What is Knee Bursitis?
If you experience trauma, infection or crystalline deposits, bursa sacs around the knee may become inflamed. Bursae act as cushions between the bones and tendons, reducing friction and cushioning pressure points near your joints. There are a few different types of knee bursitis, located in different parts of the knees.
One of the most common types of bursitis is known as prepatellar bursitis. The particular type of bursitis commonly occurs in people who work on their knees. Prepatellar bursitis is often referred to as housemaid’s knee or carpet layer’s knee.
Additionally, another type of knee bursitis is referred to as anserine bursitis. The anserine bursa is located just below the knee. This is most common in overweight women as well as athletes. Anserine bursitis often causes pain in the area of the bursa and worsens with bending of the knee or while you sleep at night.
Knee bursitis not only causes pain but also limits your mobility.
Symptoms of Knee Bursitis
When you experience knee bursitis, symptoms may vary depending on which bursa is affected and the cause of the inflammation.
Typically, once a bursa is affected you might feel tender, warm and swollen when pressure is applied. At times, you might feel pain when you move around your daily activities or even during rest.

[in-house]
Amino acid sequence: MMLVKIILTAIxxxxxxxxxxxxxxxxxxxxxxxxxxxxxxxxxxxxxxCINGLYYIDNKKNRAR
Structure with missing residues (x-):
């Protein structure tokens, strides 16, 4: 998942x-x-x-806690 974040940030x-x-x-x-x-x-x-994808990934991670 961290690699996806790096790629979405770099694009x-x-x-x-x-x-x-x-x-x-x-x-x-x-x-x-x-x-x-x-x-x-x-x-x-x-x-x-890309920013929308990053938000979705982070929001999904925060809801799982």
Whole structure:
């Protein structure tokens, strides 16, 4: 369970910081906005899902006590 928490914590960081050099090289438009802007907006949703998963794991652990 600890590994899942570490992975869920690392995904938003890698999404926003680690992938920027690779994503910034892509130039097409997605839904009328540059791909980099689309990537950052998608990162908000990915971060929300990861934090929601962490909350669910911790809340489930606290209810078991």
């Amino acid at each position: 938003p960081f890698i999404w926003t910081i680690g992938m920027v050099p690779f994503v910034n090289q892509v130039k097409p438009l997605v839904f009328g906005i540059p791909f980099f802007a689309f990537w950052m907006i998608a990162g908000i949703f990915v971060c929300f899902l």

A hard hit to the knee will cause symptoms to arise quickly. Nonetheless, it is normal for symptoms to appear gradually. For instance, when irritation or friction is caused by a job which requires kneeling on hard surfaces. Which makes for symptoms to usually worsen over time.
It is typical for your physician to request imaging, such as X-rays, MRI, or even an ultrasound to help rule out injuries which appear to be similar to bursitis.
Often bursitis will improve on its own. However, depending on the affected area your physician might recommend one or more of the following:
Medications: If the bursitis was originated from an infection, it is typical for your doctor to recommend an antibiotic.
Physical Therapy: Therapy might alleviate pain and reduce the risk of a reoccurring injury through strengthening the surrounding muscles.
If you experience chronic or reoccurring bursitis and your body isn’t responding well to other treatments, your doctor might recommend surgery to remove the bursa.